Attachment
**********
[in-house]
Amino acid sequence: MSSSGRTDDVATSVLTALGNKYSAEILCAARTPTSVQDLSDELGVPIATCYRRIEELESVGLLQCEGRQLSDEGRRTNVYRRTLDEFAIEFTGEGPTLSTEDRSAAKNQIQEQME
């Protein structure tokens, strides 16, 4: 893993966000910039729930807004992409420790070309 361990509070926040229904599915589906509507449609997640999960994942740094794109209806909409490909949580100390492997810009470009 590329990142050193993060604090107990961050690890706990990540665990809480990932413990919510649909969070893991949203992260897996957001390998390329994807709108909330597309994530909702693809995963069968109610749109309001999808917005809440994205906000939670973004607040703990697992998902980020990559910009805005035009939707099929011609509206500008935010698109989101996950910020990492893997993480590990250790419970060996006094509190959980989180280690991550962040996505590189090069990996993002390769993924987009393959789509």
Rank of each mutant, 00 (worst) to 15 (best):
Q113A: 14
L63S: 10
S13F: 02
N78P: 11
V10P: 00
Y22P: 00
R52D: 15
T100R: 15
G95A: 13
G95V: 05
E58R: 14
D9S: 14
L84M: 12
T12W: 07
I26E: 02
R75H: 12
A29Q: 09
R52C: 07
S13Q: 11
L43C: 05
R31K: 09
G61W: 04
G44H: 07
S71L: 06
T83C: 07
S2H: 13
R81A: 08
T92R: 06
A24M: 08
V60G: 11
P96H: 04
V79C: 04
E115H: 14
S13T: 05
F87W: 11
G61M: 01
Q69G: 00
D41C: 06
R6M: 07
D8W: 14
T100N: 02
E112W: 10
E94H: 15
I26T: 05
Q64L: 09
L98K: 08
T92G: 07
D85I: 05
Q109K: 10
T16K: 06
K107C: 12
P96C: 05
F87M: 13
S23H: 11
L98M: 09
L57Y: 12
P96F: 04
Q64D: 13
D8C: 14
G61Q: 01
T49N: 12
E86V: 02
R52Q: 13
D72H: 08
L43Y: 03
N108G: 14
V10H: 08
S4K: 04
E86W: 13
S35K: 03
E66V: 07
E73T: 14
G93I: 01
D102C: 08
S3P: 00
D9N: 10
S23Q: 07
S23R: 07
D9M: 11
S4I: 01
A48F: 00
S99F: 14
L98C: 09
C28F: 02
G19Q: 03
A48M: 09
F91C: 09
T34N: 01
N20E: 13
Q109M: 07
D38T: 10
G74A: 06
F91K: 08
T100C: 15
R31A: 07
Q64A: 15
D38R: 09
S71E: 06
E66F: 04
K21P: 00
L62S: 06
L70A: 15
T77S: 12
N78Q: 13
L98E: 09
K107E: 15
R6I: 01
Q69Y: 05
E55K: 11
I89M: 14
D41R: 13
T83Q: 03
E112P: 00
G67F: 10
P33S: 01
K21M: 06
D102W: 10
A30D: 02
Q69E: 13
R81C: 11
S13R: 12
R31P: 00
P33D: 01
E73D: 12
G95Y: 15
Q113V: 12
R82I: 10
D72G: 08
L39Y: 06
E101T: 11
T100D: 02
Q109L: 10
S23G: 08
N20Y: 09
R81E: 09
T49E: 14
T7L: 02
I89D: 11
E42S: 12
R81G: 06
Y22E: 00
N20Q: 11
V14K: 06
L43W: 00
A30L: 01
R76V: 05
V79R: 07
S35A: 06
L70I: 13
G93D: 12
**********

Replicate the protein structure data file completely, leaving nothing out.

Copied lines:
[in-house]
Amino acid sequence: MSSSGRTDDVATSVLTALGNKYSAEILCAARTPTSVQDLSDELGVPIATCYRRIEELESVGLLQCEGRQLSDEGRRTNVYRRTLDEFAIEFTGEGPTLSTEDRSAAKNQIQEQME
């Protein structure tokens, strides 16, 4: 893993966000910039729930807004992409420790070309 361990509070926040229904599915589906509507449609997640999960994942740094794109209806909409490909949580100390492997810009470009 590329990142050193993060604090107990961050690890706990990540665990809480990932413990919510649909969070893991949203992260897996957001390998390329994807709108909330597309994530909702693809995963069968109610749109309001999808917005809440994205906000939670973004607040703990697992998902980020990559910009805005035009939707099929011609509206500008935010698109989101996950910020990492893997993480590990250790419970060996006094509190959980989180280690991550962040996505590189090069990996993002390769993924987009393959789509």
Rank of each mutant, 00 (worst) to 15 (best):
Q113A: 14
L63S: 10
S13F: 02
N78P: 11
V10P: 00
Y22P: 00
R52D: 15
T100R: 15
G95A: 13
G95V: 05
E58R: 14
D9S: 14
L84M: 12
T12W: 07
I26E: 02
R75H: 12
A29Q: 09
R52C: 07
S13Q: 11
L43C: 05
R31K: 09
G61W: 04
G44H: 07
S71L: 06
T83C: 07
S2H: 13
R81A: 08
T92R: 06
A24M: 08
V60G: 11
P96H: 04
V79C: 04
E115H: 14
S13T: 05
F87W: 11
G61M: 01
Q69G: 00
D41C: 06
R6M: 07
D8W: 14
T100N: 02
E112W: 10
E94H: 15
I26T: 05
Q64L: 09
L98K: 08
T92G: 07
D85I: 05
Q109K: 10
T16K: 06
K107C: 12
P96C: 05
F87M: 13
S23H: 11
L98M: 09
L57Y: 12
P96F: 04
Q64D: 13
D8C: 14
G61Q: 01
T49N: 12
E86V: 02
R52Q: 13
D72H: 08
L43Y: 03
N108G: 14
V10H: 08
S4K: 04
E86W: 13
S35K: 03
E66V: 07
E73T: 14
G93I: 01
D102C: 08
S3P: 00
D9N: 10
S23Q: 07
S23R: 07
D9M: 11
S4I: 01
A48F: 00
S99F: 14
L98C: 09
C28F: 02
G19Q: 03
A48M: 09
F91C: 09
T34N: 01
N20E: 13
Q109M: 07
D38T: 10
G74A: 06
F91K: 08
T100C: 15
R31A: 07
Q64A: 15
D38R: 09
S71E: 06
E66F: 04
K21P: 00
L62S: 06
L70A: 15
T77S: 12
N78Q: 13
L98E: 09
K107E: 15
R6I: 01
Q69Y: 05
E55K: 11
I89M: 14
D41R: 13
T83Q: 03
E112P: 00
G67F: 10
P33S: 01
K21M: 06
D102W: 10
A30D: 02
Q69E: 13
R81C: 11
S13R: 12
R31P: 00
P33D: 01
E73D: 12
G95Y: 15
Q113V: 12
R82I: 10
D72G: 08
L39Y: 06
E101T: 11
T100D: 02
Q109L: 10
S23G: 08
N20Y: 09
R81E: 09
T49E: 14
T7L: 02
I89D: 11
E42S: 12
R81G: 06
Y22E: 00
N20Q: 11
V14K: 06
L43W: 00
A30L: 01
R76V: 05
V79R: 07
S35A: 06
L70I: 13
G93D: 12